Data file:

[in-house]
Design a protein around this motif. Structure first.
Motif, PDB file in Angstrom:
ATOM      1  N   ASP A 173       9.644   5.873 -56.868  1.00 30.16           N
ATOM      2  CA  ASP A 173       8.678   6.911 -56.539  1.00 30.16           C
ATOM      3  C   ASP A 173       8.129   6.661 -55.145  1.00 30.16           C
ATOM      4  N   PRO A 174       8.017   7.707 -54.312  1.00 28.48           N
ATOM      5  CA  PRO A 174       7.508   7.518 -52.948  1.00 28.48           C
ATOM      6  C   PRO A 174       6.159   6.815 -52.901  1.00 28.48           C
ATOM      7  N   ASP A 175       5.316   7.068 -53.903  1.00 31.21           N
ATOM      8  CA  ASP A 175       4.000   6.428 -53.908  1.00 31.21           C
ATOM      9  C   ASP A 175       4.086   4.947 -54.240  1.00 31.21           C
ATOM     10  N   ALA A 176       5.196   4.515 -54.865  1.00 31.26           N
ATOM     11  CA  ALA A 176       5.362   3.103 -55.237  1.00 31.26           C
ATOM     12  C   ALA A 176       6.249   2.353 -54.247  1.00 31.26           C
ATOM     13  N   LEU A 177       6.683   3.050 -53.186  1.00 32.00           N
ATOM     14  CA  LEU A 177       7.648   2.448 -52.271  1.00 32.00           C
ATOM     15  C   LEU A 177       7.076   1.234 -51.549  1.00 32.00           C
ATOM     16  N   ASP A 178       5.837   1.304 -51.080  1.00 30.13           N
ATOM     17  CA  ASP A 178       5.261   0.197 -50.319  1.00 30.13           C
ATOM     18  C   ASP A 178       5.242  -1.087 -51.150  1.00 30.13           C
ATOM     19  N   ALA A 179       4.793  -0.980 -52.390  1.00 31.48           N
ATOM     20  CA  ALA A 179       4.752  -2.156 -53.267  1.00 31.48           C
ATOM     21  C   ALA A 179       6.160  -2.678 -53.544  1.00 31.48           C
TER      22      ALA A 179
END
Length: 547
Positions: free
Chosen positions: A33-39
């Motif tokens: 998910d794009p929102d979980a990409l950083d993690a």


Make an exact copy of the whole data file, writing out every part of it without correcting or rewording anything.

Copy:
[in-house]
Design a protein around this motif. Structure first.
Motif, PDB file in Angstrom:
ATOM      1  N   ASP A 173       9.644   5.873 -56.868  1.00 30.16           N
ATOM      2  CA  ASP A 173       8.678   6.911 -56.539  1.00 30.16           C
ATOM      3  C   ASP A 173       8.129   6.661 -55.145  1.00 30.16           C
ATOM      4  N   PRO A 174       8.017   7.707 -54.312  1.00 28.48           N
ATOM      5  CA  PRO A 174       7.508   7.518 -52.948  1.00 28.48           C
ATOM      6  C   PRO A 174       6.159   6.815 -52.901  1.00 28.48           C
ATOM      7  N   ASP A 175       5.316   7.068 -53.903  1.00 31.21           N
ATOM      8  CA  ASP A 175       4.000   6.428 -53.908  1.00 31.21           C
ATOM      9  C   ASP A 175       4.086   4.947 -54.240  1.00 31.21           C
ATOM     10  N   ALA A 176       5.196   4.515 -54.865  1.00 31.26           N
ATOM     11  CA  ALA A 176       5.362   3.103 -55.237  1.00 31.26           C
ATOM     12  C   ALA A 176       6.249   2.353 -54.247  1.00 31.26           C
ATOM     13  N   LEU A 177       6.683   3.050 -53.186  1.00 32.00           N
ATOM     14  CA  LEU A 177       7.648   2.448 -52.271  1.00 32.00           C
ATOM     15  C   LEU A 177       7.076   1.234 -51.549  1.00 32.00           C
ATOM     16  N   ASP A 178       5.837   1.304 -51.080  1.00 30.13           N
ATOM     17  CA  ASP A 178       5.261   0.197 -50.319  1.00 30.13           C
ATOM     18  C   ASP A 178       5.242  -1.087 -51.150  1.00 30.13           C
ATOM     19  N   ALA A 179       4.793  -0.980 -52.390  1.00 31.48           N
ATOM     20  CA  ALA A 179       4.752  -2.156 -53.267  1.00 31.48           C
ATOM     21  C   ALA A 179       6.160  -2.678 -53.544  1.00 31.48           C
TER      22      ALA A 179
END
Length: 547
Positions: free
Chosen positions: A33-39
């Motif tokens: 998910d794009p929102d979980a990409l950083d993690a």